Thursday, February 17, 2011

It's the impression that they get.

Conferences are a great place to network with writers, agents and editors. Who you know can play a big part in the publishing industry and conferences are your opportunity to mingle, mix and make an impression.

Another great part about conferences is sometimes they have pitch sessions. These can be with agents and/or editors. I went to my first conference last year and signed up for a pitch session with an editor. It went really well. The editor and I got on like a house on fire--she liked my pitch (and my laptop bag).

  1. Choose who you want to pitch to: There will likely be a variety of people you can pitch to. But get in early as spaces go fast! Research them, who best matches what you have to offer. When I pitched there were mainly editors of small press, plus one large press editor and an agent. I was lucky that a space opened up with the large press editor, as she was well and truly the best person for me to pitch to.  Make sure you know what your editor/agent looks like to.
  2. Prepare your pitch materials: Treat this like you would a query email. The editor/agent gets this before your session. Pay attention to detail, especially spelling and grammar. Make sure you submit everything they request.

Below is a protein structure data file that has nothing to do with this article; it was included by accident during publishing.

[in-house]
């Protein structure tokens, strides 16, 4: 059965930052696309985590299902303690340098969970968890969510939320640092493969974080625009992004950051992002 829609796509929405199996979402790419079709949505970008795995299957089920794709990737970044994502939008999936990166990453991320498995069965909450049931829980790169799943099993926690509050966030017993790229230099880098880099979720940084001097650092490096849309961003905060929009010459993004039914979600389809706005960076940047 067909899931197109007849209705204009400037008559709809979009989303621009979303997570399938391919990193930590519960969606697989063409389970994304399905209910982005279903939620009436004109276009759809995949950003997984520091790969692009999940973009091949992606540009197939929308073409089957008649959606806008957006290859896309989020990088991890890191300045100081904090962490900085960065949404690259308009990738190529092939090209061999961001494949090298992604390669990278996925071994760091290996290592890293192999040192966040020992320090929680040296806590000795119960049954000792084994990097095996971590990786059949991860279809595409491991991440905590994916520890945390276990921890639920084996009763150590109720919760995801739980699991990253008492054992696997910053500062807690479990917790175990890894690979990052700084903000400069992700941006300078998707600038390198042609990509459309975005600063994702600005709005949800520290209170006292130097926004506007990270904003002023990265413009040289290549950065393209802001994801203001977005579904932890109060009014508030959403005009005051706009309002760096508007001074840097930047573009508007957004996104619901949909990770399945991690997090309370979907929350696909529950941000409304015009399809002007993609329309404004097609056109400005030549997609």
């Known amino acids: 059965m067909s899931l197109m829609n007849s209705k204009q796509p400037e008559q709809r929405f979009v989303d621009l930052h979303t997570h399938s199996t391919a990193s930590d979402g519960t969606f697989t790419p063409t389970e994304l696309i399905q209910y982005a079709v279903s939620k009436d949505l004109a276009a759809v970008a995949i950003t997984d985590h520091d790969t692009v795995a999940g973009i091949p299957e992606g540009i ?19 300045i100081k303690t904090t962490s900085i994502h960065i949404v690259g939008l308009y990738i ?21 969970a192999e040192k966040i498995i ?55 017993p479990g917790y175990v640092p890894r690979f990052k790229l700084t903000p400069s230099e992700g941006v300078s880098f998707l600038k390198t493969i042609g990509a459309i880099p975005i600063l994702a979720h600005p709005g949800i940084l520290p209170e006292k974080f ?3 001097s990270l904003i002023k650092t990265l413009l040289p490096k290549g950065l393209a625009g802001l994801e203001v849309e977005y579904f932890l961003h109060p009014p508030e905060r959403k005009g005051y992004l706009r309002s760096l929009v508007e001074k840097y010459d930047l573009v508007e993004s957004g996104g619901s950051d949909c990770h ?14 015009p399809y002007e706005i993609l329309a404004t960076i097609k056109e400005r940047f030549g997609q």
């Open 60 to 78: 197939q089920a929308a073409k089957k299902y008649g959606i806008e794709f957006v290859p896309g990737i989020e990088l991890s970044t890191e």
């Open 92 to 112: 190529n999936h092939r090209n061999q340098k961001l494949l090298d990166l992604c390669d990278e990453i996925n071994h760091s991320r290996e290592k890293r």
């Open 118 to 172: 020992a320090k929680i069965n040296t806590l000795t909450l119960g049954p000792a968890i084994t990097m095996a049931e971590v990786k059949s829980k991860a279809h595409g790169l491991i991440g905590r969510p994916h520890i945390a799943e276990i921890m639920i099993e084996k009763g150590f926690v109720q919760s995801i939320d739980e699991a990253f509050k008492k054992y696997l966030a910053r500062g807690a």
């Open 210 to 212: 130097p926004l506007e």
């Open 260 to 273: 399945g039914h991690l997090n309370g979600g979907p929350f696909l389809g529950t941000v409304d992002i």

3. Dress for success. I treated it like a job interview and wore corporate clothes. You don't have to go that far, but first impressions are lasting. Put your best foot forward, where nice clothes, have your hair neat and be friendly. This is their chance to see how you might go at book launches and interviews.
  4. Know your content. I used my session as a sales pitch. Of course you know your story inside and out. Here's your chance to sell it! You might even get a partial or full MS request from the agent/editor. You don't need to memorise it word for word, just know the key points you want to make.
  5. Try to stay calm. I know that is hard. I'm pretty outgoing and can talk underwater, but not everyone is like that. Try going to some public speaking lessons. Even if your shy, you can do it! Editors and agents are people too.
  6. Make a good final impression. Be sure to thank the agent for his/her time. If you have sweaty palms, wipe them discretely before you shake hands.
  7. Have fun at the rest of the conference!
Pitches sessions are a way to get your foot in the door - make a good impression!